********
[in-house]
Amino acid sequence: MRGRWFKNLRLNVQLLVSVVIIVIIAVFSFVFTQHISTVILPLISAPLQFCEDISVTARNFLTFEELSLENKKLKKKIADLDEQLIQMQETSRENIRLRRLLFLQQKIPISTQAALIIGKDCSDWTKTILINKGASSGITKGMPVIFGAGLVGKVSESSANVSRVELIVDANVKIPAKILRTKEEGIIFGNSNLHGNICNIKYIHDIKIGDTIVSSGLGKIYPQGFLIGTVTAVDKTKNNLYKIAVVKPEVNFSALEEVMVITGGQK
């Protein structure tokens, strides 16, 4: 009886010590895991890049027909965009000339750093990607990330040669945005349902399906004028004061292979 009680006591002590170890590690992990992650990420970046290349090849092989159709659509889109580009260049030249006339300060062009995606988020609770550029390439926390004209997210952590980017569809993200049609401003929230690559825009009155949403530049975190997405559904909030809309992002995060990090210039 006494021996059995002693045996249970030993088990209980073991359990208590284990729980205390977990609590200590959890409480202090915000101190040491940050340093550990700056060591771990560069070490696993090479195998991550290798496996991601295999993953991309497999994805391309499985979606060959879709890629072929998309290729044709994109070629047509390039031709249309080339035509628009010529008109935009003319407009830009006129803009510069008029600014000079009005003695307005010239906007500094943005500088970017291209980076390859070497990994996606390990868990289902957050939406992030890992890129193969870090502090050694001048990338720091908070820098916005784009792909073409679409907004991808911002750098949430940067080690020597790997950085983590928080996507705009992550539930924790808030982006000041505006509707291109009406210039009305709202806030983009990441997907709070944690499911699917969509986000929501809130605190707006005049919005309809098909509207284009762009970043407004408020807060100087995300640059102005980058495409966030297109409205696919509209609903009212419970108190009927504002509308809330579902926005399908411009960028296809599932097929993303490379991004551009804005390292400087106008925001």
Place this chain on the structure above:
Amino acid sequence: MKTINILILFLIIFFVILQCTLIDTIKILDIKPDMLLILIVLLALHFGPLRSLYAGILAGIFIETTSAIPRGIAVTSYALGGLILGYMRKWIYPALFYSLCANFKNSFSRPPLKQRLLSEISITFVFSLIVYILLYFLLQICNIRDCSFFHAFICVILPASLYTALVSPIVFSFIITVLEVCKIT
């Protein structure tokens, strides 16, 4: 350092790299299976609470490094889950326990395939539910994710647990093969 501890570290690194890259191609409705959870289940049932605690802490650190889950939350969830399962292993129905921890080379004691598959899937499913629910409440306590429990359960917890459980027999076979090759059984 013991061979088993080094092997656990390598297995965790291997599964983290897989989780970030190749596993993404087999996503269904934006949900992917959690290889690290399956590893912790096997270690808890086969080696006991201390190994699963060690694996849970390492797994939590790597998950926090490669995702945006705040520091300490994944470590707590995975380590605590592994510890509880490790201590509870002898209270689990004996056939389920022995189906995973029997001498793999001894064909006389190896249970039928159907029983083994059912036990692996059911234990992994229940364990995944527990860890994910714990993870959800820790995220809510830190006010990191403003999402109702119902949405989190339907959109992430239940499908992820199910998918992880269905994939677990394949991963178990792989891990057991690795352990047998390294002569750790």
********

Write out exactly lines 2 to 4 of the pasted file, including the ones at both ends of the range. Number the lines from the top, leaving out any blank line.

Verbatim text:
Amino acid sequence: MRGRWFKNLRLNVQLLVSVVIIVIIAVFSFVFTQHISTVILPLISAPLQFCEDISVTARNFLTFEELSLENKKLKKKIADLDEQLIQMQETSRENIRLRRLLFLQQKIPISTQAALIIGKDCSDWTKTILINKGASSGITKGMPVIFGAGLVGKVSESSANVSRVELIVDANVKIPAKILRTKEEGIIFGNSNLHGNICNIKYIHDIKIGDTIVSSGLGKIYPQGFLIGTVTAVDKTKNNLYKIAVVKPEVNFSALEEVMVITGGQK
């Protein structure tokens, strides 16, 4: 009886010590895991890049027909965009000339750093990607990330040669945005349902399906004028004061292979 009680006591002590170890590690992990992650990420970046290349090849092989159709659509889109580009260049030249006339300060062009995606988020609770550029390439926390004209997210952590980017569809993200049609401003929230690559825009009155949403530049975190997405559904909030809309992002995060990090210039 006494021996059995002693045996249970030993088990209980073991359990208590284990729980205390977990609590200590959890409480202090915000101190040491940050340093550990700056060591771990560069070490696993090479195998991550290798496996991601295999993953991309497999994805391309499985979606060959879709890629072929998309290729044709994109070629047509390039031709249309080339035509628009010529008109935009003319407009830009006129803009510069008029600014000079009005003695307005010239906007500094943005500088970017291209980076390859070497990994996606390990868990289902957050939406992030890992890129193969870090502090050694001048990338720091908070820098916005784009792909073409679409907004991808911002750098949430940067080690020597790997950085983590928080996507705009992550539930924790808030982006000041505006509707291109009406210039009305709202806030983009990441997907709070944690499911699917969509986000929501809130605190707006005049919005309809098909509207284009762009970043407004408020807060100087995300640059102005980058495409966030297109409205696919509209609903009212419970108190009927504002509308809330579902926005399908411009960028296809599932097929993303490379991004551009804005390292400087106008925001």
Place this chain on the structure above: